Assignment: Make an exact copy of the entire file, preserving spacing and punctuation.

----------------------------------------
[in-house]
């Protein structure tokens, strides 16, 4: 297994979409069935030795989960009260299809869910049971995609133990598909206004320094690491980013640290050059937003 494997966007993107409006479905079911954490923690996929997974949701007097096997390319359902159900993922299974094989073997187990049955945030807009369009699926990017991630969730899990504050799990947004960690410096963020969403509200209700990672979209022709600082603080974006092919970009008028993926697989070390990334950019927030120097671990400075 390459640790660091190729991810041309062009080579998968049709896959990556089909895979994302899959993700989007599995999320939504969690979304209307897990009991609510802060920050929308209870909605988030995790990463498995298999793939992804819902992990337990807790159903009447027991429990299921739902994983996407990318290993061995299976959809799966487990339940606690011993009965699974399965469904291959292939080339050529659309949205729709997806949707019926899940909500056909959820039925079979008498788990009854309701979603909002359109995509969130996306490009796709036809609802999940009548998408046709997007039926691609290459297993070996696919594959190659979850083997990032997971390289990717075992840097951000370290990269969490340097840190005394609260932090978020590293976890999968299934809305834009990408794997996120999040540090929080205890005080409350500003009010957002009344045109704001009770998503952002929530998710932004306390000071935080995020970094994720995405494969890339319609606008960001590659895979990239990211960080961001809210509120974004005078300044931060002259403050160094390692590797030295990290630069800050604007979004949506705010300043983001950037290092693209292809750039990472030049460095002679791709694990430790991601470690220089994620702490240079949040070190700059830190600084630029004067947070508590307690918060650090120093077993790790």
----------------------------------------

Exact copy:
[in-house]
């Protein structure tokens, strides 16, 4: 297994979409069935030795989960009260299809869910049971995609133990598909206004320094690491980013640290050059937003 494997966007993107409006479905079911954490923690996929997974949701007097096997390319359902159900993922299974094989073997187990049955945030807009369009699926990017991630969730899990504050799990947004960690410096963020969403509200209700990672979209022709600082603080974006092919970009008028993926697989070390990334950019927030120097671990400075 390459640790660091190729991810041309062009080579998968049709896959990556089909895979994302899959993700989007599995999320939504969690979304209307897990009991609510802060920050929308209870909605988030995790990463498995298999793939992804819902992990337990807790159903009447027991429990299921739902994983996407990318290993061995299976959809799966487990339940606690011993009965699974399965469904291959292939080339050529659309949205729709997806949707019926899940909500056909959820039925079979008498788990009854309701979603909002359109995509969130996306490009796709036809609802999940009548998408046709997007039926691609290459297993070996696919594959190659979850083997990032997971390289990717075992840097951000370290990269969490340097840190005394609260932090978020590293976890999968299934809305834009990408794997996120999040540090929080205890005080409350500003009010957002009344045109704001009770998503952002929530998710932004306390000071935080995020970094994720995405494969890339319609606008960001590659895979990239990211960080961001809210509120974004005078300044931060002259403050160094390692590797030295990290630069800050604007979004949506705010300043983001950037290092693209292809750039990472030049460095002679791709694990430790991601470690220089994620702490240079949040070190700059830190600084630029004067947070508590307690918060650090120093077993790790």